A quick guide to hooded plovers

The hooded plover, also known as the hooded dotterel, is a medium-sized shorebird that’s native to south-eastern Australia. They have a unique appearance thanks to their black ‘hood’, white nape, black hind neck, white under parts, black tipped red beak and red eye ring. 

On Phillip Island, hooded plovers are seen along southern and western shorelines and more isolated bay beaches on the northern side. They forage on the sand, along the waterline and on intertidal rock platforms. Hooded plovers often like nesting with the indigenous plant hairy spinifex, and can also be seen sheltering on the beach behind clumps of seaweed. 

What do hooded plovers eat?

Hooded plovers feed by sight using their large eyes and short bills. They are opportunistic 

feeders, often seen running along the tide wrack in search of food. 

They eat a variety of invertebrates, such as amphipod crustaceans, molluscs, insects and polychaete worms and plant material including seeds and turions. 

The circle of life for hooded plovers

Clutches of one to three fawn and brown speckled eggs are laid from August to March, with the peak laying period in January. On Phillip Island, nest sites can be classified into three types based on geomorphology: stony terrace, primary dune and flat beach. Nests are located above average high tide levels and are usually a depression ‘scrape’ in the sand and when on stony terraces they are often lined with light coloured grit or seaweed. 

As pairs defend a territory from other birds, there are usually only one or two nesting pairs per beach. Both parents share incubation for about 28 days and when the eggs hatch, the parents teach the chicks to feed and to quickly find shelter in beach vegetation or tidewrack. Hooded plover chicks must feed themselves from day one but will stay with their parents until they leave the next after about 35 days. Sometimes they stay around with mum and dad much longer!

Are hooded plovers endangered?

With only around 3,000 hooded plovers left in south-eastern Australia, they’re listed as vulnerable in Victoria and South Australia, and critically endangered in New South Wales.

Unfortunately, the breeding success of hooded plovers is extremely low due to the high-risk areas that they breed in. 60% chicks are lost before leaving their nests, which are difficult to see and easily damaged and disturbed by beachgoers. 

Hooded plovers are also easily entangled in fishing line and other rubbish left on beaches. Natural forces including high tides, storms, windblown sand and temperature extremes also affect their survival. Introduced predators such as foxes, dogs, feral cats and rodents, as well as natural predators including raptors, gulls, ravens and magpies, take not only the hooded plover adults, but also chicks and eggs.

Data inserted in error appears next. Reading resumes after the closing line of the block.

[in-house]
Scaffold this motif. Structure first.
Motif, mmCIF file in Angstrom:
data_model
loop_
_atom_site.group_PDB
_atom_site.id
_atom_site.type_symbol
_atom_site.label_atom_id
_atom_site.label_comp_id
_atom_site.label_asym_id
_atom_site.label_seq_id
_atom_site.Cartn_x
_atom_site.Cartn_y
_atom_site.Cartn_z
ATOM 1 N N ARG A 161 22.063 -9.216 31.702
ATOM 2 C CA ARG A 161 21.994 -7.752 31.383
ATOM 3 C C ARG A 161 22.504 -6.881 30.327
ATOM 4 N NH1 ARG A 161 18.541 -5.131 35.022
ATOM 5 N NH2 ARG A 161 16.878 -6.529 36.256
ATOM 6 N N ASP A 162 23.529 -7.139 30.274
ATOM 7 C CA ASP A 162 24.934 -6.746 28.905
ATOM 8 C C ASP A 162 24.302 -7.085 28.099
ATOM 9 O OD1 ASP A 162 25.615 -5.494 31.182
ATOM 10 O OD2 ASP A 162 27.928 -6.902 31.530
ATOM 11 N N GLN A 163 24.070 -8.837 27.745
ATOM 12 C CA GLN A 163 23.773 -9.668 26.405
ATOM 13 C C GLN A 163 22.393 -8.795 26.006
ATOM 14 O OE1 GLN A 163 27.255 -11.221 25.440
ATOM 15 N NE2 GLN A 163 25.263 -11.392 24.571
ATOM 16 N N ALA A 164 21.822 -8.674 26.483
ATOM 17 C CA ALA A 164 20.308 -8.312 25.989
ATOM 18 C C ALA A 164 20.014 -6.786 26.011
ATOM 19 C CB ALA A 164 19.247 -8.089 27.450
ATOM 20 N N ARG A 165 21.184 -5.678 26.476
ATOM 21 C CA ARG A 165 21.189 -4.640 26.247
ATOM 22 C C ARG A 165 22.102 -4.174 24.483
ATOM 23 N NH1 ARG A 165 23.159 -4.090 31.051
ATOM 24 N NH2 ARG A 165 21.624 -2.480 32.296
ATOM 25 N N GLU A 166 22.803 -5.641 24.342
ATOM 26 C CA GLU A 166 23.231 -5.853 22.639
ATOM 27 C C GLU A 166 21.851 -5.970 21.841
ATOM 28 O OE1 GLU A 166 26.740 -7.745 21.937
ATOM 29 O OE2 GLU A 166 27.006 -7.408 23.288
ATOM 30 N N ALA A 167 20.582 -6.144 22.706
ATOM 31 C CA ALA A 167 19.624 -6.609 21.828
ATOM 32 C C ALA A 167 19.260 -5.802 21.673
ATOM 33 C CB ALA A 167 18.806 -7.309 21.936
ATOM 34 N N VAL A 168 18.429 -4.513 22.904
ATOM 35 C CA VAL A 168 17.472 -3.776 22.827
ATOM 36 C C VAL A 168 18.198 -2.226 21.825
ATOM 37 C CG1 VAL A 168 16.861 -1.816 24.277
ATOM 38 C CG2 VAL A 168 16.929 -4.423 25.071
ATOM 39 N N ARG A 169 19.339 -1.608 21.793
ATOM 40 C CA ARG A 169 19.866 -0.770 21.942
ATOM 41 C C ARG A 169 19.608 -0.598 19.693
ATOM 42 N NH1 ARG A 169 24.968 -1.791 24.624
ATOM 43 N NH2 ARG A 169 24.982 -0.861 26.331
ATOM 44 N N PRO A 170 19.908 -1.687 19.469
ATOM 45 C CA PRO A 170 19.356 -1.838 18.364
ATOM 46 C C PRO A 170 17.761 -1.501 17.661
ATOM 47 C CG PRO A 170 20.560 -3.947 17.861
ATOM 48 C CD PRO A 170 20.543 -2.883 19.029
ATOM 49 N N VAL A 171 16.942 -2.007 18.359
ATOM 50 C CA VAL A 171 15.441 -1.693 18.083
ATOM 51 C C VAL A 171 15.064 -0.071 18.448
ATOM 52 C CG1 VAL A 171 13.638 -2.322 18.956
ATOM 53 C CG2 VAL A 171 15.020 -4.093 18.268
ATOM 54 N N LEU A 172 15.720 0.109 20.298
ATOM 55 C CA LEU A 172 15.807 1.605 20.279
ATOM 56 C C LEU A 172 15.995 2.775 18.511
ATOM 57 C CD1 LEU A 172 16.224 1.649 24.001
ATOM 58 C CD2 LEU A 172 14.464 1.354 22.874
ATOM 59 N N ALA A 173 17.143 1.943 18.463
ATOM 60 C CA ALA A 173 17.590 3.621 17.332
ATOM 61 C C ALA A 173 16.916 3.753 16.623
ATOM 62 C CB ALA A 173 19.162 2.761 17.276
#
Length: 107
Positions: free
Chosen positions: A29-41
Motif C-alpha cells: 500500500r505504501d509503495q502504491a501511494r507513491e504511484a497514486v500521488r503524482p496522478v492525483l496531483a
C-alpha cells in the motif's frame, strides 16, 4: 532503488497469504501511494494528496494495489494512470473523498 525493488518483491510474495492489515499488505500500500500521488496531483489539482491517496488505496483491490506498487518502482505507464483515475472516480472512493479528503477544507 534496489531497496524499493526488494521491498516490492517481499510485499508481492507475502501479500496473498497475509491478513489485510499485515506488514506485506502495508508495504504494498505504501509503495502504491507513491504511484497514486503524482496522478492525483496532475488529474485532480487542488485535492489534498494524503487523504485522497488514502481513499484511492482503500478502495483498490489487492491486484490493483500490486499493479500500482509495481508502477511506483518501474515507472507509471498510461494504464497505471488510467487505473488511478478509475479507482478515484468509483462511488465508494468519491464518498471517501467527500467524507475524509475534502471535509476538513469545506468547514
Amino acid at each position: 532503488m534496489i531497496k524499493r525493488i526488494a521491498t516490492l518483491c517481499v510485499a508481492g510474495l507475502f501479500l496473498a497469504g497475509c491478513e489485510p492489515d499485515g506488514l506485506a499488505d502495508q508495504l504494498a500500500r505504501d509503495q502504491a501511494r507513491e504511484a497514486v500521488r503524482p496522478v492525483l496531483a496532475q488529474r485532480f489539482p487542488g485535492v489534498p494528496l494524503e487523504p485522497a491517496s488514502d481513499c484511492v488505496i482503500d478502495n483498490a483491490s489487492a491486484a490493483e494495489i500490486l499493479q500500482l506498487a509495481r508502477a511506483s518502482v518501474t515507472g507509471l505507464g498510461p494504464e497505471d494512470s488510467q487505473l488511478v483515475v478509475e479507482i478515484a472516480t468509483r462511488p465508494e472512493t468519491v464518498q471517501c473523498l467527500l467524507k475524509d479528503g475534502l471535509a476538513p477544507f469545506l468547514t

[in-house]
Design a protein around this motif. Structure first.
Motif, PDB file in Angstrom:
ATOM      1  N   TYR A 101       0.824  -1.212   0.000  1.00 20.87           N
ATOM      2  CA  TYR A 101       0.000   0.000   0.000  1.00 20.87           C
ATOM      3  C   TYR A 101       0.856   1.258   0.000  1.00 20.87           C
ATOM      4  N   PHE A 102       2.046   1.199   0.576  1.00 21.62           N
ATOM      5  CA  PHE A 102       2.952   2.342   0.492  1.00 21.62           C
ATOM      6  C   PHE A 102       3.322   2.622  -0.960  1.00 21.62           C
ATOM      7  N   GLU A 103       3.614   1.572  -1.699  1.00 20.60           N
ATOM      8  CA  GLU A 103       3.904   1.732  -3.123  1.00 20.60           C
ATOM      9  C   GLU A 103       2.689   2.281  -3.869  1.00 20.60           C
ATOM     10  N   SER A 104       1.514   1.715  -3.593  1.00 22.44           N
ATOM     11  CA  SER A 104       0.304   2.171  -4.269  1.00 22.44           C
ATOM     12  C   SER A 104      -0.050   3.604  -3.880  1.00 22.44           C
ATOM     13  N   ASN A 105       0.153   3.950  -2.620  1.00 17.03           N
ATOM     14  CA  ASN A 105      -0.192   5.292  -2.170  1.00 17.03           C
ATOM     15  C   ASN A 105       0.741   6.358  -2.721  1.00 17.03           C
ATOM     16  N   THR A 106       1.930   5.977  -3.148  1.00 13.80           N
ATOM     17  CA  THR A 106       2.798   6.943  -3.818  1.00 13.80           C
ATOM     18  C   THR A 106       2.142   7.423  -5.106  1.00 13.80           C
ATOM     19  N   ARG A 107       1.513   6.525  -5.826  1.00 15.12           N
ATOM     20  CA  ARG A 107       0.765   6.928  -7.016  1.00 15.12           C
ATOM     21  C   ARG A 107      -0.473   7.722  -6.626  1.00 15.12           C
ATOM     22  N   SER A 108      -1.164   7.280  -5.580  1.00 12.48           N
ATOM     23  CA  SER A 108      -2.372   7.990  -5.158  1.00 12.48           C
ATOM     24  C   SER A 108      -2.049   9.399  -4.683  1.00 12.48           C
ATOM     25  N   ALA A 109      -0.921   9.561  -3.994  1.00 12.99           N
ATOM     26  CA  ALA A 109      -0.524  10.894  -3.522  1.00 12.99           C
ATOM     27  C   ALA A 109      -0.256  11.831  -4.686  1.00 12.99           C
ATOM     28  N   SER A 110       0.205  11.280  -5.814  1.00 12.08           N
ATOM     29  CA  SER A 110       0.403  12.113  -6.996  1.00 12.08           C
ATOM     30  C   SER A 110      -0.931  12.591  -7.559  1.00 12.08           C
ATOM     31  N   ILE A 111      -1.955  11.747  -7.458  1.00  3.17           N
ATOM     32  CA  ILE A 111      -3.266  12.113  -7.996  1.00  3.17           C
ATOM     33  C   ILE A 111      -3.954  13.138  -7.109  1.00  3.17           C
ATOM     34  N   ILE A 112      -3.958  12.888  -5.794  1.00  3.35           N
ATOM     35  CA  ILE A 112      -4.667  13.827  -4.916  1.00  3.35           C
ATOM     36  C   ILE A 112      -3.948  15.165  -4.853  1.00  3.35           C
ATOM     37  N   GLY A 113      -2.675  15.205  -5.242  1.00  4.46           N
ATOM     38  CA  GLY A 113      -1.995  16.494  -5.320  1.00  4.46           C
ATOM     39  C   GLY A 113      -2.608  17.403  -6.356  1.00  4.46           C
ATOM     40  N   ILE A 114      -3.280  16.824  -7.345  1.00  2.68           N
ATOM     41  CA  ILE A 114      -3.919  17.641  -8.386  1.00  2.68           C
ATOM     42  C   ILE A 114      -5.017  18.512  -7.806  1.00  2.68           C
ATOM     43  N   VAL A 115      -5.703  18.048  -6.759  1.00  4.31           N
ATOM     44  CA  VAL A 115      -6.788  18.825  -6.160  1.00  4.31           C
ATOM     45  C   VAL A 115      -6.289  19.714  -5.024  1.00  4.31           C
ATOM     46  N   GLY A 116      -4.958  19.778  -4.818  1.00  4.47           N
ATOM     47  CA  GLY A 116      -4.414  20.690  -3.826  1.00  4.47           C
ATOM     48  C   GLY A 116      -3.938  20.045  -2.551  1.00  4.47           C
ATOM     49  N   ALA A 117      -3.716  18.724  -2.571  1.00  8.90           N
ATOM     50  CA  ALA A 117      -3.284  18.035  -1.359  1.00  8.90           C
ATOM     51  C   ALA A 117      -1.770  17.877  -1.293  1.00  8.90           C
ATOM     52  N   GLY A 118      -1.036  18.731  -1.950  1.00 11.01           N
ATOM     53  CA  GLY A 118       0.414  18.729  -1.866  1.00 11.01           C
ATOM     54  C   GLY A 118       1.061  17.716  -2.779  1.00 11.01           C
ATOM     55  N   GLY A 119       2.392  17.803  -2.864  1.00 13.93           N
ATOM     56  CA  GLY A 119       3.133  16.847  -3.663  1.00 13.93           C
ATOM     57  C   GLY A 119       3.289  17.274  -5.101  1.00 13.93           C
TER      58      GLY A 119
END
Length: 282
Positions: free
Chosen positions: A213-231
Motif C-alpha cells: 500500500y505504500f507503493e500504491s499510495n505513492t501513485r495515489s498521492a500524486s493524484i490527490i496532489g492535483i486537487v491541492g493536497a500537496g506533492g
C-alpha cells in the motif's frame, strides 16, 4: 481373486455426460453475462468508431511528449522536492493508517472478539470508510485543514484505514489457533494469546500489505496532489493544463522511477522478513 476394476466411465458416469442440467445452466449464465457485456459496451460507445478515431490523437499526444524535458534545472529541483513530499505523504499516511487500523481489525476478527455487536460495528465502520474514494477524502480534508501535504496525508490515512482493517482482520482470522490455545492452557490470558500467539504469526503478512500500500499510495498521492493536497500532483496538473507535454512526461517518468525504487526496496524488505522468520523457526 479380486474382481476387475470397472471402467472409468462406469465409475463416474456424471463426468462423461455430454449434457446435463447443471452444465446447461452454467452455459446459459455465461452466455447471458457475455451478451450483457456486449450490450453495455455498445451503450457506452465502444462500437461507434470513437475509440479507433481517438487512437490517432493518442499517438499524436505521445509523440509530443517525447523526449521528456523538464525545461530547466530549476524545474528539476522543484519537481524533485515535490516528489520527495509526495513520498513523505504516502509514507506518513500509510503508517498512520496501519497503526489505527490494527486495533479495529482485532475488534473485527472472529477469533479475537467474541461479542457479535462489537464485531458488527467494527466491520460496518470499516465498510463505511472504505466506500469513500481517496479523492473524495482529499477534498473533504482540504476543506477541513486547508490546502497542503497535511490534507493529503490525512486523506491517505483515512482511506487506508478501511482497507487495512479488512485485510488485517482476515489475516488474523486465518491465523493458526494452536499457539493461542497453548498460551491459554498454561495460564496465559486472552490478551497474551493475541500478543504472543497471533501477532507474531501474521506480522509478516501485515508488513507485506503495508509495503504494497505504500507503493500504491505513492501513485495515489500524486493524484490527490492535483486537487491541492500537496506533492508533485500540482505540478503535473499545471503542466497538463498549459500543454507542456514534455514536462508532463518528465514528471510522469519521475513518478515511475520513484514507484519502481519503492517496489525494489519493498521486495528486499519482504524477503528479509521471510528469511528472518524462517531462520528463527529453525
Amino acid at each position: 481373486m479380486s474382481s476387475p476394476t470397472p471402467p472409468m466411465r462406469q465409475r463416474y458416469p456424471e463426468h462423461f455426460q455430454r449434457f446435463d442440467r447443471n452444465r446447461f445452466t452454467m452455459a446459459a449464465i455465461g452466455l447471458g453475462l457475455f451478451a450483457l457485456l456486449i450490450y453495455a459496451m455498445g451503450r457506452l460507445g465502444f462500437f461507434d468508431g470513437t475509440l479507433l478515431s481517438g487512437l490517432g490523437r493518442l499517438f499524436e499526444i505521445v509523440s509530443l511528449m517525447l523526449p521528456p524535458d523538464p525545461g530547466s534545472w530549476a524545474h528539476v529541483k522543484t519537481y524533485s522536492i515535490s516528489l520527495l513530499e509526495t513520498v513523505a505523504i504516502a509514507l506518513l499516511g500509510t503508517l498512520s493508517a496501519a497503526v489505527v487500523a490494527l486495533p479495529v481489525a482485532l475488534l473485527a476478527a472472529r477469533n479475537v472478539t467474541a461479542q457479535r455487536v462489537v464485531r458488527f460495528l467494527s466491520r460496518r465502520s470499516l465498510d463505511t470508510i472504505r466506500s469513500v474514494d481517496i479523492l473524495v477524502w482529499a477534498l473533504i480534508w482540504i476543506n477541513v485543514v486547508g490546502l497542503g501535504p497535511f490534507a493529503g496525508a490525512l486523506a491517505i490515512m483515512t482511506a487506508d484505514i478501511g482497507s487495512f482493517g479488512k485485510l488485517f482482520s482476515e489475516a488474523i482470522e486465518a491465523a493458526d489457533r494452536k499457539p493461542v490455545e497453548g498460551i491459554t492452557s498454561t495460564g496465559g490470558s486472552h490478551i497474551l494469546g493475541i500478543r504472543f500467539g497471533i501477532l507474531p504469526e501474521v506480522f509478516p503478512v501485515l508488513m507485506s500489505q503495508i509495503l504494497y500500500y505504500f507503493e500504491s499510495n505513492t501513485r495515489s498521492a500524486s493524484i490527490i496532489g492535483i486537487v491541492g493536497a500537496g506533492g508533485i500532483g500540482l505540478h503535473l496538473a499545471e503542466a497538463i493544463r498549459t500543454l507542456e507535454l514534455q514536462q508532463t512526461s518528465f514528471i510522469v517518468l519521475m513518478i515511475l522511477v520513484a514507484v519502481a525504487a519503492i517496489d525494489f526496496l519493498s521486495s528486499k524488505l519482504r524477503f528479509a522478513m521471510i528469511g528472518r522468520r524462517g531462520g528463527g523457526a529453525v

There are three ways hooded plovers help avoid threats: 

  • Camouflage: Parents provide shelter for eggs and chicks with their bodies and wings and often sit very still to avoid detection. The eggs and chicks colouring also blends in with their natural environment. 

  • Distraction: If surprised by walkers and/or dogs, the parents will call and perform distraction displays such as feigning a broken wing, to both warn chicks and distract predators. Hooded plover chicks bob down immediately or seek shelter, leaving them open to exposure, predation or crushing. Constant disturbance will waste all their valuable energy, putting them further at risk. 

  • Fleeing: Parent birds will call to their chicks to hide or lead them away from approaching danger. 

Protecting the hooded plover on Phillip Island 

Phillip Island Nature Parks, along with local conservation groups and volunteers have been monitoring the hooded plover population since the 1980s. Recent plans have focused on increasing breeding success and adult survival. 

The strategies include:

  • Fencing off breeding beaches from wandering sheep and cattle.

  • Controlling pest plants and animals especially foxes, dogs and cats.

  • Enforcing regulations prohibiting dogs and horses on breeding beaches.

  • Public Education Programs. Volunteers are involved in the ‘Hooded Plover Watch’ program and ranger’s patrol beaches during the breeding season.

  • Erecting temporary fencing and signage around vulnerable nests to create refuges

  • Interpretive signage and school visits

  • Population monitoring through nest records and leg banding of chicks

  • Online data portal through Birdlife Australia.

  • Phillip Island is probably one of the few places where hooded plovers are increasing thanks to research and intensive management and public support.

What you can do to help the hooded plover

  • Read signs thoroughly before you enter an area.

  • Don’t take your dog into areas where they aren’t allowed.

  • When walking, keep below the high tide line and watch where you are walking.

  • Keep your dogs and cats in at night and place a collar and bell on them.

  • Stick to designated pathways and boardwalks.

  • Pick up rubbish such as fishing lines and other plastic from the beach and place rubbish in the bin or recycle it.

 

Hooded plover facts

  • Weight: 90– 100g 

  • Length: ~200mm 

  • Lifespan: Up to 20 years 

Download the print-friendly hooded plover guide here.

Visit Phillip Island and explore rugged coastal clifftops where you may just spot the beautiful hooded plover on our shoreline. Book your visit online.